Look at the change of equipment on Your So Vain before and after Åke... pic.twitter.com/DhtjseCHs3That's trotter Your So Vain last year (above) and this year (below).
— Tristan Sjoberg (@TristanSjoberg) July 9, 2014
It's a little weird to post it, because when you do it looks like you're taking a shot at Brad Maxwell (last year's trainer). I'm not. Brad is an excellent trainer and Your So Vain was very good last season.
What it does show is the difference, I feel, between Euro trainers and North American trainers with trotters. The rush to get a trotter right to make money at two and three has a modern domestic trainer reaching for the equipment shelf. If he won't trot straight, add a head pole, if he won't trot, add trotting hopples. The list with finicky trotters can be endless, which in my view is why you see so many dressed like Robocop.
A good many of the times, again in my view (although I have spoken with good trot trainers about this before for years), the trotter is just not right. He's immature, something is bugging him or what have you. He likely does not need equipment or injections, he needs some TLC and some good old fashioned horsemanship. When the trotter is sounded up, or given time, he or she can come back with minimal equipment, be free and happy and trot sound and straight. Not all the time, but a lot of the time.
Ake and other Euro trainers espouse this view. If you watch an Elittlopp for example, you'll notice free swinging trotters, happy and sound and bouncing around like a ball, with almost no equipment.
Old time pacing trainers do similar. Bob McIntosh comes to mind. Some of his horses need no check, and wear only a small shadow roll, or a small blind (horseplayers often note that his horses like Ponder and Staying Together hold their head low. True, but only because he never cranked them up). His horses are free moving. Compare that to some of the modern pacing trainers with high percentages. Hoods or blinkers with cups are common. Knee boots and other equipment are common too. Send them down the road, keep them straight, and try and make money seems to be the method of operation.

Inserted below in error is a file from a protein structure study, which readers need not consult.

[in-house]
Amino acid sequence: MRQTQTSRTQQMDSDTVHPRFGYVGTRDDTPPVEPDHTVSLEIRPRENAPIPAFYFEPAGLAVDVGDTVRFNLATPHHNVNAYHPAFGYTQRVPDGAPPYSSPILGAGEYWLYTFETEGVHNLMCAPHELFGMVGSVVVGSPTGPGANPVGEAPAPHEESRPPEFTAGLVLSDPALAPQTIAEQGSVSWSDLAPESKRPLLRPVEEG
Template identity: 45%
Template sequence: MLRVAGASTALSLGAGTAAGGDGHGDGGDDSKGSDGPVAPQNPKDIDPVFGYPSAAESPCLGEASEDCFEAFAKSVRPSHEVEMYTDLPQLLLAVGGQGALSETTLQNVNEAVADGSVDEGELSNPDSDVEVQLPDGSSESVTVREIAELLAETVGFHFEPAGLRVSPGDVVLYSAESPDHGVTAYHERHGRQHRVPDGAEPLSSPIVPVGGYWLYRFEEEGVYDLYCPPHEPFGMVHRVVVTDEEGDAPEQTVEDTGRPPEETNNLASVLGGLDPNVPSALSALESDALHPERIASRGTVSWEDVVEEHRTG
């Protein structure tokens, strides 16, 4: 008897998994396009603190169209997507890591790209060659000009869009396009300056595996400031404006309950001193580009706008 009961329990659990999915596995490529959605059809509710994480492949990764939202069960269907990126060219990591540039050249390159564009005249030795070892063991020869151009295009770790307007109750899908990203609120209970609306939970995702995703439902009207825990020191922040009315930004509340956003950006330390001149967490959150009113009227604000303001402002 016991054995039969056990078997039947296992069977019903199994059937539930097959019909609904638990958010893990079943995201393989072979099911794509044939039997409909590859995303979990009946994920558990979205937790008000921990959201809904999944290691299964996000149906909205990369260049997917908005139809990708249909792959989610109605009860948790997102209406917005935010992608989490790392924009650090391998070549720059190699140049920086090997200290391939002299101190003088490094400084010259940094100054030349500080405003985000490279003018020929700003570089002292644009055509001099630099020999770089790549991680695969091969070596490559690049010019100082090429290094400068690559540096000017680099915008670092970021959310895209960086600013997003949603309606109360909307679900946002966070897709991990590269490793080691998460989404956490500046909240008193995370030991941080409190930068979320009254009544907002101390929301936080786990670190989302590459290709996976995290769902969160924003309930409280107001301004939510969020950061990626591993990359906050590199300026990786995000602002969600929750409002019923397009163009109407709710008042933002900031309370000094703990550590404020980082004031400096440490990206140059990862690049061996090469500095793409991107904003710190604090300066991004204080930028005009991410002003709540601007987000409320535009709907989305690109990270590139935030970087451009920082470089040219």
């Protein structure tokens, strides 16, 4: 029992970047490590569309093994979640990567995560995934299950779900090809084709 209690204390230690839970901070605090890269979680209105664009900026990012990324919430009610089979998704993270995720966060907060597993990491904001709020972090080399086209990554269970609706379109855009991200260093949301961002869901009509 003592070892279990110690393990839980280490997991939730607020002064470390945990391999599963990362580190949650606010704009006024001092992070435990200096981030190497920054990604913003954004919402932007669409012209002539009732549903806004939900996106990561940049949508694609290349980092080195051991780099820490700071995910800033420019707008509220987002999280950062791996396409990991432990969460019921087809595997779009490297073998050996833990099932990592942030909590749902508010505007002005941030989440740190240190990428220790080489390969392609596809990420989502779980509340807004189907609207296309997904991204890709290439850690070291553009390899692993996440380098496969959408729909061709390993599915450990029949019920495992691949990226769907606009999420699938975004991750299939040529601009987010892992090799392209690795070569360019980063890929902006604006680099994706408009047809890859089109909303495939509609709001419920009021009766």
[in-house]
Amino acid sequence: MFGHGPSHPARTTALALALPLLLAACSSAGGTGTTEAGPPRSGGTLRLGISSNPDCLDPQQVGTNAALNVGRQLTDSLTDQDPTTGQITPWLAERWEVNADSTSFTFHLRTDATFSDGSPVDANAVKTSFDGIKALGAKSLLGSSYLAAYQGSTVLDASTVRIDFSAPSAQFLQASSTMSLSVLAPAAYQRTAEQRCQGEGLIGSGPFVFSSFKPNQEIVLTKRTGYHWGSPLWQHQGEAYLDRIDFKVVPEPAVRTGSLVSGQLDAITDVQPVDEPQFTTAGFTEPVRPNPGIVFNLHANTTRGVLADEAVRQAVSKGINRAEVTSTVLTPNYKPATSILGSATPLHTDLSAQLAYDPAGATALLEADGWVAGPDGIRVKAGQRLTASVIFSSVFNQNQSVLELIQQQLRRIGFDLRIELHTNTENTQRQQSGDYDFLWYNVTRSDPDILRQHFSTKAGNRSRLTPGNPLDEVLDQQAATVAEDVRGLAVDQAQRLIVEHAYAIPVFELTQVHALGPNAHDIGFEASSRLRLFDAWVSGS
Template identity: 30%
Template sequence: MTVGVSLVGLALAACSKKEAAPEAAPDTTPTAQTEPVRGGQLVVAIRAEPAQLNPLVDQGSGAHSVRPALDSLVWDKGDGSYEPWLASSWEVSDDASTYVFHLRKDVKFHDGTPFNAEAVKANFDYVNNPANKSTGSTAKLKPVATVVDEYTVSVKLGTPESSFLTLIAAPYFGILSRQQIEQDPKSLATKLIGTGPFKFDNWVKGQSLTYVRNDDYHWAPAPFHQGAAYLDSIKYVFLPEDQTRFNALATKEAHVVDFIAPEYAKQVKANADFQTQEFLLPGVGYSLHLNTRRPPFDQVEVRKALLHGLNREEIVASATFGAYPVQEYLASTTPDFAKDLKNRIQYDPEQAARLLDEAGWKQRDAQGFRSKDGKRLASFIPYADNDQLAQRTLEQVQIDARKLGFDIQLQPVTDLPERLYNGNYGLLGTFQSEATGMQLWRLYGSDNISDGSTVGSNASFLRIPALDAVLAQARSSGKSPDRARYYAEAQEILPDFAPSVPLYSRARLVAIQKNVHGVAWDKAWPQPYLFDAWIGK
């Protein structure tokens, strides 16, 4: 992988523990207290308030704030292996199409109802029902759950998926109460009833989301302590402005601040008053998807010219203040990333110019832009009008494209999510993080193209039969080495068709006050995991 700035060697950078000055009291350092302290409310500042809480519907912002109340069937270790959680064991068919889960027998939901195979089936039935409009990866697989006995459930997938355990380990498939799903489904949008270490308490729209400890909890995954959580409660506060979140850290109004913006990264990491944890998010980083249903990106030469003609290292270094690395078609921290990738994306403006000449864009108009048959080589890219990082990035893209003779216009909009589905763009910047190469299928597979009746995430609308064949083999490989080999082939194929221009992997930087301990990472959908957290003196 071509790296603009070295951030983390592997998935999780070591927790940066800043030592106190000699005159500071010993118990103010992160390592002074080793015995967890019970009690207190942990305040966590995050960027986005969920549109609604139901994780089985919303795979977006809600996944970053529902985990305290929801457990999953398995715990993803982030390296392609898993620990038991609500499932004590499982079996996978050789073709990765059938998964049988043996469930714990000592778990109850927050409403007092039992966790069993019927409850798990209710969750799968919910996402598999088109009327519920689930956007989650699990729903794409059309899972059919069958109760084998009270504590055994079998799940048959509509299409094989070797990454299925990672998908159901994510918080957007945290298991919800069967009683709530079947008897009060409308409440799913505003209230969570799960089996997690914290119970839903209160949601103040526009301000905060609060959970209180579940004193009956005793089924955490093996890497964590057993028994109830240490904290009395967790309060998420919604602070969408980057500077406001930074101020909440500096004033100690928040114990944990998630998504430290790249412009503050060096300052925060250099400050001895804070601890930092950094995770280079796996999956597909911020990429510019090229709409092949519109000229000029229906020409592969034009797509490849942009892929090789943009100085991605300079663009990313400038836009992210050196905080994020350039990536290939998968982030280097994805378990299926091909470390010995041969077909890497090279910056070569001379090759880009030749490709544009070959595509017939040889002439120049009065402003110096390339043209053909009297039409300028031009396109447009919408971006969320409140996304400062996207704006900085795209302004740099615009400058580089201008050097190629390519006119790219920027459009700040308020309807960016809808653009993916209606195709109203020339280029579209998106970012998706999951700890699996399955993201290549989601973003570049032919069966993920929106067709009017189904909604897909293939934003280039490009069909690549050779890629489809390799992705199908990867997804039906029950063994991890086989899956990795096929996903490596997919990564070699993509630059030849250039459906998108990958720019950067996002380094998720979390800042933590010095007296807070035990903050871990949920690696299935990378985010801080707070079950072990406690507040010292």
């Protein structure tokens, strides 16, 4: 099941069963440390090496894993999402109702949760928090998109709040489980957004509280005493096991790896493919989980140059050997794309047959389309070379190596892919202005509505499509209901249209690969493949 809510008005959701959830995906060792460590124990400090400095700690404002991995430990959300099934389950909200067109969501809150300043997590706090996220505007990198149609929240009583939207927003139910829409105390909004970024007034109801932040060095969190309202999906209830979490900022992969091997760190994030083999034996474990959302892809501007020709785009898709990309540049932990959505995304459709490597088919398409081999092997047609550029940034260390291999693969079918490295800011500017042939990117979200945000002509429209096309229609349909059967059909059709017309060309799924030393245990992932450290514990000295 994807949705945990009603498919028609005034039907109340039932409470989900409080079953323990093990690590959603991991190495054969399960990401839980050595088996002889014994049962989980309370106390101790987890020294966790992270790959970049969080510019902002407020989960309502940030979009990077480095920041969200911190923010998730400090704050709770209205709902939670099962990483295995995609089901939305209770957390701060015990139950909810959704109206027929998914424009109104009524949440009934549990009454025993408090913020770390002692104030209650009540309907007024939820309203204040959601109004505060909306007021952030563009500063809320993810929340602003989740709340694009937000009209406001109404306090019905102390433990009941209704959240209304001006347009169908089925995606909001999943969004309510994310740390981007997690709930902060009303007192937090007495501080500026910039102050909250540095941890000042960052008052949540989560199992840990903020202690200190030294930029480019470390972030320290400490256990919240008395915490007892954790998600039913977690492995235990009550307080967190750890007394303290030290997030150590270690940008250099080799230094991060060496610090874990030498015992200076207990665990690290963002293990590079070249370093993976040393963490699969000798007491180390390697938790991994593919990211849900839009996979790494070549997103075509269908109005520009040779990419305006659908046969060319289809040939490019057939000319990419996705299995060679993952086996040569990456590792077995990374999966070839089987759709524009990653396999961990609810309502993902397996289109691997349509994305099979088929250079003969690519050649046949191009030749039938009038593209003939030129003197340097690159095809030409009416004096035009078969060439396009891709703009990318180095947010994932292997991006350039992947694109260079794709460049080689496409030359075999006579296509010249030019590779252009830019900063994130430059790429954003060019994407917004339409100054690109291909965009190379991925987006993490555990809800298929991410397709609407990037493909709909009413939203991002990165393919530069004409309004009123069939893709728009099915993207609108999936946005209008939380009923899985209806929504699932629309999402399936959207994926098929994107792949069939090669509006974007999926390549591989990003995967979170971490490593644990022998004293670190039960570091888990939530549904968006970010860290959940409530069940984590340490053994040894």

Horse racing is amazing - especially so in harness racing where training techniques and equipment use means so much more than thoroughbred racing. I find it amazing because there are trainers out there who know horses so well, they can let them use their natural gait, give them time needed to show what they can do. Ake is one of those, and he is an excellent addition to the North American training ranks.
I love watching his trotters go. They move like a metronome. Just like the horse gods intended.
We'll have more on this soon, but Brad Cummings (formerly of the Paulick Report) has a new venture up and running called Equilottery. If this can get done, through massive red tape, infighting and more alphabets than a can of children's soup, it's a game changer. A big one.
Give the story a read here.
Have a nice Wednesday everyone.